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Realizing Your Golf Potential: A Conversation with Titleist Leadership Advisory Staff Member Claude Brousseau

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By Rick V., Team Titleist Staff

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  1. **UPDATE: The sweepstakes is now closed. We'll be reaching out to our winners shortly.

    Please continue to submit your short game questions for Claude and remember that copies of his new book, "Realizing Your Golf Potential: Unlock the Secrets of a PROficient Short Game!" are still available at www.mauischoolofgolf.com.

    • • •

    If a better short game is on your holiday wish list, we have some great news. Titleist Leadership Advisory Staff Member Claude Brousseau has published a new instructional book titled "Realizing Your Golf Potential: Unlock the Secrets of a PROficient Short Game!", which is dedicated specifically to the wedge game and putting.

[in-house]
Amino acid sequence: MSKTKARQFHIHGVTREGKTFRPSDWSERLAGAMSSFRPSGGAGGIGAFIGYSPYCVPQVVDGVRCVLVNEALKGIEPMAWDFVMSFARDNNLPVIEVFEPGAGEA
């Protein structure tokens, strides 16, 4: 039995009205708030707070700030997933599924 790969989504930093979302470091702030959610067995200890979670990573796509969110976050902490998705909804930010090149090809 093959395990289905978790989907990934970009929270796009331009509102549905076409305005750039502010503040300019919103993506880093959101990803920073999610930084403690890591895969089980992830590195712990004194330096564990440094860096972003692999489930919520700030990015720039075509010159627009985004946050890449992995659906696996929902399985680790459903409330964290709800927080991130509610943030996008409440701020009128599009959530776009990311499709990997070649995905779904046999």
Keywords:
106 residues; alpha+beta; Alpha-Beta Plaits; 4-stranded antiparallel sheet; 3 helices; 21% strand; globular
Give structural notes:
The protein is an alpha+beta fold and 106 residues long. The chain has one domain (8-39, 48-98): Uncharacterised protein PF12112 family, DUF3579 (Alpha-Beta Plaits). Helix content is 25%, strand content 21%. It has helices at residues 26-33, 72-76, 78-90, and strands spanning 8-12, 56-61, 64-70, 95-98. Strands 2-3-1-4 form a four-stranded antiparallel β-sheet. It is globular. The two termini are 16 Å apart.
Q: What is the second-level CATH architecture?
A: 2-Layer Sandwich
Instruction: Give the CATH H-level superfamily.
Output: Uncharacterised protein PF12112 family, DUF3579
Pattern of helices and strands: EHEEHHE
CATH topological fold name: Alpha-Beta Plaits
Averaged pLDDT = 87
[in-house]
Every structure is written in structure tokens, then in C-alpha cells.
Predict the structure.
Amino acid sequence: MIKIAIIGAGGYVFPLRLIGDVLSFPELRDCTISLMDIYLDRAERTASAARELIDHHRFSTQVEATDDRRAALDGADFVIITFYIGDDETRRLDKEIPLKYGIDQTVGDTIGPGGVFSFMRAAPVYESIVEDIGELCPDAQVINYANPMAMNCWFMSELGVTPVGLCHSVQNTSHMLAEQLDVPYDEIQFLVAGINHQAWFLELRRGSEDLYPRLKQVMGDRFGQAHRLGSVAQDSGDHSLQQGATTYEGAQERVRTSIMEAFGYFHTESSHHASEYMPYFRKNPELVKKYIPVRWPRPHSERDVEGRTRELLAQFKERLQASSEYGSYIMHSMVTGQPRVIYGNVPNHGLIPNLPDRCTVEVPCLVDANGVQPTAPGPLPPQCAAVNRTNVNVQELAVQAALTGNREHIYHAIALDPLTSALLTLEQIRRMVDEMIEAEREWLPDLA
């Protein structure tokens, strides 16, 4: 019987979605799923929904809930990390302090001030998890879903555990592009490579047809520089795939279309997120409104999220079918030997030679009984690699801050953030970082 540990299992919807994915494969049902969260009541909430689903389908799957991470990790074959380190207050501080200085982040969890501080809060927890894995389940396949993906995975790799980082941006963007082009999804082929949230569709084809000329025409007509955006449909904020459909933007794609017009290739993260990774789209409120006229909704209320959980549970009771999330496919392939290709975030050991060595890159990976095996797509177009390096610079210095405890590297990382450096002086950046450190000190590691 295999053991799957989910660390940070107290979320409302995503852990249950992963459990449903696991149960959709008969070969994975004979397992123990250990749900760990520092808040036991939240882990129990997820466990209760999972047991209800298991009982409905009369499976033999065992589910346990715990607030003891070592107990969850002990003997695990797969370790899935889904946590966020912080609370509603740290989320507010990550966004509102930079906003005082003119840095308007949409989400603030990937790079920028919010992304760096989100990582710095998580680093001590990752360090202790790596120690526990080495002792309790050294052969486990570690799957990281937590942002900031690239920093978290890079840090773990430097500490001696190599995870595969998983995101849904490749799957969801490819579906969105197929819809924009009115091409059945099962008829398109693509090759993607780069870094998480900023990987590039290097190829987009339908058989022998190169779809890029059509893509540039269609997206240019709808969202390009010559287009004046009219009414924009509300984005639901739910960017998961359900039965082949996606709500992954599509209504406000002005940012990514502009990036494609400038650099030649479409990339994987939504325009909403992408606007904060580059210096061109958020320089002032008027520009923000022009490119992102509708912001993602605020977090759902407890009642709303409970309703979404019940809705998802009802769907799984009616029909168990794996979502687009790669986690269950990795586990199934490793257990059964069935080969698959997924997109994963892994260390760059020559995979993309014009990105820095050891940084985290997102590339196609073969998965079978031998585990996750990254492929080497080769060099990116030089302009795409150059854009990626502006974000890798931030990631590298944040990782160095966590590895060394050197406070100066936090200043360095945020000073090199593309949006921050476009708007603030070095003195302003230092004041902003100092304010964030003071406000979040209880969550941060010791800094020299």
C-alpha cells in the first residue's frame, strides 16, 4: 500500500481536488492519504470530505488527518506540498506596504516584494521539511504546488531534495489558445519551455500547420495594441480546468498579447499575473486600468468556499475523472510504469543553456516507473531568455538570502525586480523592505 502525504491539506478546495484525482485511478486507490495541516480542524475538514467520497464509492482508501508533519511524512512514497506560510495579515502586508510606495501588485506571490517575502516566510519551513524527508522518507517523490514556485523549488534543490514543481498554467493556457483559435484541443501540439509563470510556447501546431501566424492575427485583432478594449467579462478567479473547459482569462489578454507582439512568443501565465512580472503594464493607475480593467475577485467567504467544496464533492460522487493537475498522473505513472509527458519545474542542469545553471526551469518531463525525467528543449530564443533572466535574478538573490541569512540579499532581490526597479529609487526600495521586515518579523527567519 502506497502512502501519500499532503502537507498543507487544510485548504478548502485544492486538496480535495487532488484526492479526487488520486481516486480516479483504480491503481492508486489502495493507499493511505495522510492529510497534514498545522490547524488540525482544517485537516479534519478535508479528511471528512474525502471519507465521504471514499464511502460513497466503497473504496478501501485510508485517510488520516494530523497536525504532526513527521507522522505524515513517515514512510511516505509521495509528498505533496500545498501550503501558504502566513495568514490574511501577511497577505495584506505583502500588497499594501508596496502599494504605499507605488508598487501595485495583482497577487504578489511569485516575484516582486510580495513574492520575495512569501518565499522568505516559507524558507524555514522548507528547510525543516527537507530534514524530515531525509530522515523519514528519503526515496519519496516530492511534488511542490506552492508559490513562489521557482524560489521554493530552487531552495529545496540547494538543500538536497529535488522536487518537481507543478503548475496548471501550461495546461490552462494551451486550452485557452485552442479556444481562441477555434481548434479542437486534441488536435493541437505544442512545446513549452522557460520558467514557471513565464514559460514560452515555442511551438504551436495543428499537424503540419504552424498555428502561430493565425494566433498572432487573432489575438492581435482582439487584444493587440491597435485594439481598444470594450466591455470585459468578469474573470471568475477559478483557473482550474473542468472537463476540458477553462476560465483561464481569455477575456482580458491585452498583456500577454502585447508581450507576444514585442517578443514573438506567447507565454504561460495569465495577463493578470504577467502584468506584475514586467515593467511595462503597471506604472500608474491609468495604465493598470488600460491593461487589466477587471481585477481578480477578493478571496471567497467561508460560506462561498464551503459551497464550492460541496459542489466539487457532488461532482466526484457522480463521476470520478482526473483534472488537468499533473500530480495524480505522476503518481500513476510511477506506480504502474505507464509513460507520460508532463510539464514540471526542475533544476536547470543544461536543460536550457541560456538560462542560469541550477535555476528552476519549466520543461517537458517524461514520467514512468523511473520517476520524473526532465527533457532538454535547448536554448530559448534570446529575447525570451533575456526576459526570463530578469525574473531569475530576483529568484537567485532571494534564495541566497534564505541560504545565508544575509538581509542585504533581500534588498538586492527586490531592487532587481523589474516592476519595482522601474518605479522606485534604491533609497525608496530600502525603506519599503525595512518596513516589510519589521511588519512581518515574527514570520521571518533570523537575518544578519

We're extremely proud of affiliation with staff members like Claude and though Titleist does not endorse any particular instructional philosophy or methodology, we hope you'll visit www.mauischoolofgolf.com, where you can watch some great tips from Claude and purchase a copy of "Realizing Your Golf Potential".

    We recently caught up with Claude for some of his thoughts on the short game and to learn a little bit more about the inspiration behind book. We hope you enjoy our Q&A below.

    • • •

    Q: Claude, how did you get your start in golf?